[Haskell-beginners] Monadic composition without throwing genericity under the bus?

Dave Bayer bayer at cpw.math.columbia.edu
Tue Feb 2 10:06:52 EST 2010

I've been playing with parsing, for text filtering applications such as an alternate GHC literate preprocessor. Here, it pays to have one's monad handle both the input and output streams out of sight. Using ShowS-valued monads, one can express most grammatical constructs as simple composition. I'm sure many people have had this idea, but the resulting parsers that I write end up much shorter than any demo code I've seen. For example, the "code is indented, comments are flush, periods delimit block comments" literate preprocessor that I depend on daily (leaving out the heredoc code) is just

  dot, comment, dotLine, commentLine, codeLine, dotBlock, delit ∷ Parser

  dot = char '.'
  comment = place "-- "

  codeLine = white ∘ till (heredoc ∨ whiteLine) word
  commentLine = comment ∘ line

  dotLine = comment ∘ dot ∘ whiteLine
  dotBlock = dotLine ∘ till (dotLine ∨ eof) (whiteLine ∨ commentLine)

  delit = till (skip (many whiteLine) ∘ eof)
    (whiteLine ∨ dotBlock ∨ codeLine ∨ commentLine)

However, I've struggled mightily to cleanly implement composition of function-valued monads. In the end I had to throw genericity under the bus to use the above notation. I'm asking for help, in case I'm missing something.

I cannot use Control.Category for a Monad, because of kind arity: Monad instances have one unbound *, while Category instances have two. Here are some toy experiments:

  mcompose ∷ Monad m ⇒ m (b → c) → m (a → b) → m (a → c)
  mcompose x y = do
      f ← x
      g ← y
      return $ f . g

-- adapted from Control.Category

  class Category cat where
    unit ∷ cat a a
    compose ∷ cat b c → cat a b → cat a c

  instance Category (→) where
    unit = id
    compose = (.)

-- Monad wrapper

  newtype Wrap m a b = Wrap { unwrap ∷ m (a → b) }

  instance Monad m ⇒ Category (Wrap m) where
    unit = Wrap $ return id
    compose x y = Wrap $ mcompose (unwrap x) (unwrap y)

-- Other tries that fail

  instance Monad m ⇒ Category (m (→)) where
    unit = return id
    compose = mcompose

-- Error:
-- The first argument of `Category' should have kind `* -> * -> *',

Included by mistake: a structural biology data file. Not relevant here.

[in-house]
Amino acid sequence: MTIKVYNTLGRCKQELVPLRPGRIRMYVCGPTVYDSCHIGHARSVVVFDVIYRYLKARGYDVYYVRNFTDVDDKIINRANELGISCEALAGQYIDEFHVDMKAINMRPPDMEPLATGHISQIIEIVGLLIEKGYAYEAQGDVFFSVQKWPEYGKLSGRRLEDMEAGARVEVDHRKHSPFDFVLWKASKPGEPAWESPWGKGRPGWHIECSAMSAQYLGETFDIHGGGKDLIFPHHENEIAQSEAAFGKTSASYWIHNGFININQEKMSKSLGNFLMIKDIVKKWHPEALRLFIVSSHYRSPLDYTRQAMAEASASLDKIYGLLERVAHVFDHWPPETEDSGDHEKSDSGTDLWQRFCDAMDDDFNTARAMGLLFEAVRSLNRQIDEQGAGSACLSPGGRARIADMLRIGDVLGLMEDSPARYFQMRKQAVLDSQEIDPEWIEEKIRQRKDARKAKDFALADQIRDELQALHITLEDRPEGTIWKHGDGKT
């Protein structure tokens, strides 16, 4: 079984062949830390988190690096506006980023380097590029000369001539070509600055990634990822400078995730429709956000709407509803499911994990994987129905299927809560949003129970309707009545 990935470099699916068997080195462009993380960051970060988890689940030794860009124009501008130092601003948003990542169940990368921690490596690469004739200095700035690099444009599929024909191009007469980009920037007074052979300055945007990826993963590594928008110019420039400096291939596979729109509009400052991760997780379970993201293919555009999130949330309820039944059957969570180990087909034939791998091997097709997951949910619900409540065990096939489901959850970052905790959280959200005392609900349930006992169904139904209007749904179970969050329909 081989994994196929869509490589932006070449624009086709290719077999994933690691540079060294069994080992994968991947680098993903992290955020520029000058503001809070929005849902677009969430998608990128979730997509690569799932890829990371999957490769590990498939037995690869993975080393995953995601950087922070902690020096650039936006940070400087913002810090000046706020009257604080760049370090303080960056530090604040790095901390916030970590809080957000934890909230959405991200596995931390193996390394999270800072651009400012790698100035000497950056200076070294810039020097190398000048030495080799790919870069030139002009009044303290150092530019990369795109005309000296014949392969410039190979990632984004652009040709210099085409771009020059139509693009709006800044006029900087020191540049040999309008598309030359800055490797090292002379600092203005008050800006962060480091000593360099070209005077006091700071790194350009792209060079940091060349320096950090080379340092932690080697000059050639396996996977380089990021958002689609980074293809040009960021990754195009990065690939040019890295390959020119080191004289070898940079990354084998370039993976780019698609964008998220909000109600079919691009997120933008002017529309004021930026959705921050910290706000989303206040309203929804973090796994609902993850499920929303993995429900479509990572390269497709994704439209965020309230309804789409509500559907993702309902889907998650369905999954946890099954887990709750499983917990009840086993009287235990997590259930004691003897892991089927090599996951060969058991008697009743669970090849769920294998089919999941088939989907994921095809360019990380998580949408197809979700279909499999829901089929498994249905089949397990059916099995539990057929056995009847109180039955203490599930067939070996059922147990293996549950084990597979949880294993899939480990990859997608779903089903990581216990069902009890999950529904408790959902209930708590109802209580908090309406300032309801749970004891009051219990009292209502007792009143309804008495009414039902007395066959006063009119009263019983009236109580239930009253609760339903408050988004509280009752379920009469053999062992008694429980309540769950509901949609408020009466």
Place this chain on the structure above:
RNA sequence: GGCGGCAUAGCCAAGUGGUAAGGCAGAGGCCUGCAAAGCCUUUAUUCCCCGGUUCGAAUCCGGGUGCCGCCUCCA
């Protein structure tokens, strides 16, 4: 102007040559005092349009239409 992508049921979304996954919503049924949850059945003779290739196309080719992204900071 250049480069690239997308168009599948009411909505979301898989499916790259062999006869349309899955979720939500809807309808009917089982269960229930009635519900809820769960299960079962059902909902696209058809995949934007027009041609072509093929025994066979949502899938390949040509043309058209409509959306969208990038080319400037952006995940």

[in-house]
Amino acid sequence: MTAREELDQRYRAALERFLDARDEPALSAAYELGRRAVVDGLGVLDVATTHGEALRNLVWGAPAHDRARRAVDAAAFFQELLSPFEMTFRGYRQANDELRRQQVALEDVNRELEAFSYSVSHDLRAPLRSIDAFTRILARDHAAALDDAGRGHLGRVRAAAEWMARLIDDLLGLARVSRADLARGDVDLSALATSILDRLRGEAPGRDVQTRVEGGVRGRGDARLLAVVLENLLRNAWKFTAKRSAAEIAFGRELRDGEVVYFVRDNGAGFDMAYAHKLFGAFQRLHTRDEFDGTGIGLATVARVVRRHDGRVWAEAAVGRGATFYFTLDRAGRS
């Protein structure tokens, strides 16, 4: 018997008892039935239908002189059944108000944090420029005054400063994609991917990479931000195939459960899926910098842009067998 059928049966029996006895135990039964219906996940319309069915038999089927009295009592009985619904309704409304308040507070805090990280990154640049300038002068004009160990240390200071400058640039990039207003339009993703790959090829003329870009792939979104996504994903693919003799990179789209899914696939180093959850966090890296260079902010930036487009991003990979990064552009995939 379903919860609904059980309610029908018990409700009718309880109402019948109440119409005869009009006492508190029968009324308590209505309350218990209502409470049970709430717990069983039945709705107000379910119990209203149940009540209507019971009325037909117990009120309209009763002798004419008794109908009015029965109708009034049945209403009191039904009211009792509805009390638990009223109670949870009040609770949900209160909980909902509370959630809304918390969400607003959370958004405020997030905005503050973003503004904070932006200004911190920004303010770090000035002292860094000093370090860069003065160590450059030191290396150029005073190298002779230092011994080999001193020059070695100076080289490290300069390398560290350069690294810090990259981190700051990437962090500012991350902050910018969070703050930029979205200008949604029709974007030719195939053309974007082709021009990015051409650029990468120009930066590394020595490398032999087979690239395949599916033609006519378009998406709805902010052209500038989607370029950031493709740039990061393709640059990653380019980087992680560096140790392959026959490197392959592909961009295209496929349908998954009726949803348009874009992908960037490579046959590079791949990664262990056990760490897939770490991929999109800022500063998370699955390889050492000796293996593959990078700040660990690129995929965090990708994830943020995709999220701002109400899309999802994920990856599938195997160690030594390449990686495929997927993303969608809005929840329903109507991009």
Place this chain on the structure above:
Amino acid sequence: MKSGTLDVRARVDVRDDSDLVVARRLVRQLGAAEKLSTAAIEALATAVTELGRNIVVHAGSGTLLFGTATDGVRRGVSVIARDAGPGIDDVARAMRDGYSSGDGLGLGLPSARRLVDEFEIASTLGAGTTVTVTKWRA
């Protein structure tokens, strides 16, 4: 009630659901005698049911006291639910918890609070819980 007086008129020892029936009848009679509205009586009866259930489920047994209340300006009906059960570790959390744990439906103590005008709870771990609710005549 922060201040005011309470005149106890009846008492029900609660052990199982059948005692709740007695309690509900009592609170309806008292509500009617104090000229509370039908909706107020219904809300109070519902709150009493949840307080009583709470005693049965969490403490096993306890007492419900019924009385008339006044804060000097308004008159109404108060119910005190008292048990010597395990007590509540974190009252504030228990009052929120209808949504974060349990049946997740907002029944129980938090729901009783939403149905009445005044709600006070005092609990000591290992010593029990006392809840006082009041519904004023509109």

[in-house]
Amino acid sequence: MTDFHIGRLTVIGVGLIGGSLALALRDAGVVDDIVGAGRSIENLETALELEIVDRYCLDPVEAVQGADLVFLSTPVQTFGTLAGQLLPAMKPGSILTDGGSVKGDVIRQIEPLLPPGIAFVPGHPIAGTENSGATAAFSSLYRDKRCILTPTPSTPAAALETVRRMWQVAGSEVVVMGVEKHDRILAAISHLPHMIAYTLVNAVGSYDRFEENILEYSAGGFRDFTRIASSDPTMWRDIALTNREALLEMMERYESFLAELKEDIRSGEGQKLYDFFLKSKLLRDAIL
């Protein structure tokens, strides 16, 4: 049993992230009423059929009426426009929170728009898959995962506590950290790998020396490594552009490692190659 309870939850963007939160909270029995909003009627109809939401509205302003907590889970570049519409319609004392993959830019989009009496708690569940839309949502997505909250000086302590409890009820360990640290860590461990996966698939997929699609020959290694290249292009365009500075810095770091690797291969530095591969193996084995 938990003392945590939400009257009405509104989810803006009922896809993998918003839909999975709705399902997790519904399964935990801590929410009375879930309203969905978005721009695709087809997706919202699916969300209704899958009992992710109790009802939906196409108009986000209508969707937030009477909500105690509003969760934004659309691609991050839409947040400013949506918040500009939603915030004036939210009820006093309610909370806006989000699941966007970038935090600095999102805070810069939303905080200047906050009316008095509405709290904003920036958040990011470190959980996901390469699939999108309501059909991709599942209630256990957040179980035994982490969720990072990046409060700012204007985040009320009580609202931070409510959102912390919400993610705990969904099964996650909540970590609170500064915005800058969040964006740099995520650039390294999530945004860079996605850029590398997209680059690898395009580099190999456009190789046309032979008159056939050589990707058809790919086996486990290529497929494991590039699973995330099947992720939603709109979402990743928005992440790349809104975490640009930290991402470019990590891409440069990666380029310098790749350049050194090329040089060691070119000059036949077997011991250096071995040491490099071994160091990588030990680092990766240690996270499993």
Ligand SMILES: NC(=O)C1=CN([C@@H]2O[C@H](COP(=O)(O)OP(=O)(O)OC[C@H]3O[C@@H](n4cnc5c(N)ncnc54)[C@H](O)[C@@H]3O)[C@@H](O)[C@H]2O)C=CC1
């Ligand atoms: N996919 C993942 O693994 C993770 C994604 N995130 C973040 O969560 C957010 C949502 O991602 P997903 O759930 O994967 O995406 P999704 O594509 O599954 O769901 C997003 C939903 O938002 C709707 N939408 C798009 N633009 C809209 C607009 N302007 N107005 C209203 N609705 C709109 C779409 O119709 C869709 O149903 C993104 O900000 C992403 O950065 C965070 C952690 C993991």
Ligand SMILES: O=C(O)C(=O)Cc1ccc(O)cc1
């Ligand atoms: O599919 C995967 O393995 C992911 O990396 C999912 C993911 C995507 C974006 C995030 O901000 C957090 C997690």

-- but `m (->)' has kind `*'
-- In the instance declaration for `Category (m (->))'

  type MonadMap m a b = m (a → b)

  instance Monad m ⇒ Category (MonadMap m) where
    unit = return id
    compose = mcompose

-- Error:
-- Type synonym `MonadMap' should have 3 arguments, but has been given 1
-- In the instance declaration for `Category (MonadMap m)'

I can see why each of these fail, but I also crave a language that allows ambiguity if exactly one interpretation compiles. For example, one could scrape the leaves of the tree (m (→)) to find the two *'s one wants, and one would think that my MonadMap type synonym would be a standard trick for exposing the two *'s without giving up on the other form. (I want to use the same type as both a monad and a category, as the goal here is very concise code  with no gunk packing and unpacking crutch types for the compiler.)

So I threw "id" under the bus. Here are later experiments:

  mcompose ∷ Monad m ⇒ m (b → c) → m (a → b) → m (a → c)
  mcompose x y = do
      f ← x
      g ← y
      return $ f . g

  class Composable a b c | a b → c where
    compose ∷ a → b → c

  instance Composable (b → c) (a → b) (a → c) where
    compose f g = f . g

  instance Monad m ⇒ Composable (m (b → c)) (m (a → b)) (m (a → c)) where
    compose = mcompose

  unit ∷ Monad m ⇒ m (a → a)
  unit = return id

  tab ∷ Maybe ShowS
  tab = Just ("  " ++)

  test1, test2 ∷ Monad m ⇒ m (a → a)
  test1 = mcompose unit unit
  test2 = compose  unit unit

-- test2 error:
-- Could not deduce (Composable
-- (m (a -> a)) (m1 (a1 -> a1)) (m2 (a2 -> a2)))
-- from the context (Monad m2)
-- arising from a use of `compose' at Issue2.lhs:26:10-27

  test3, test4 ∷ Maybe ShowS
  test3 = mcompose tab tab
  test4 = compose  tab tab

It appears to me that type inference in type classes is broken. How else to explain why mcompose has no trouble  figuring out that the monads are the same, but compose is stumped?

In the end, I threw genericity under the bus, and chose the parser type

  type Parser = StateT String Maybe ShowS

so the second approach would work in practice.

I don't need to do this "my way" if there's an idiom (or -XAllowAliens compiler flag) that I need to learn. How does one do this sort of thing cleanly?


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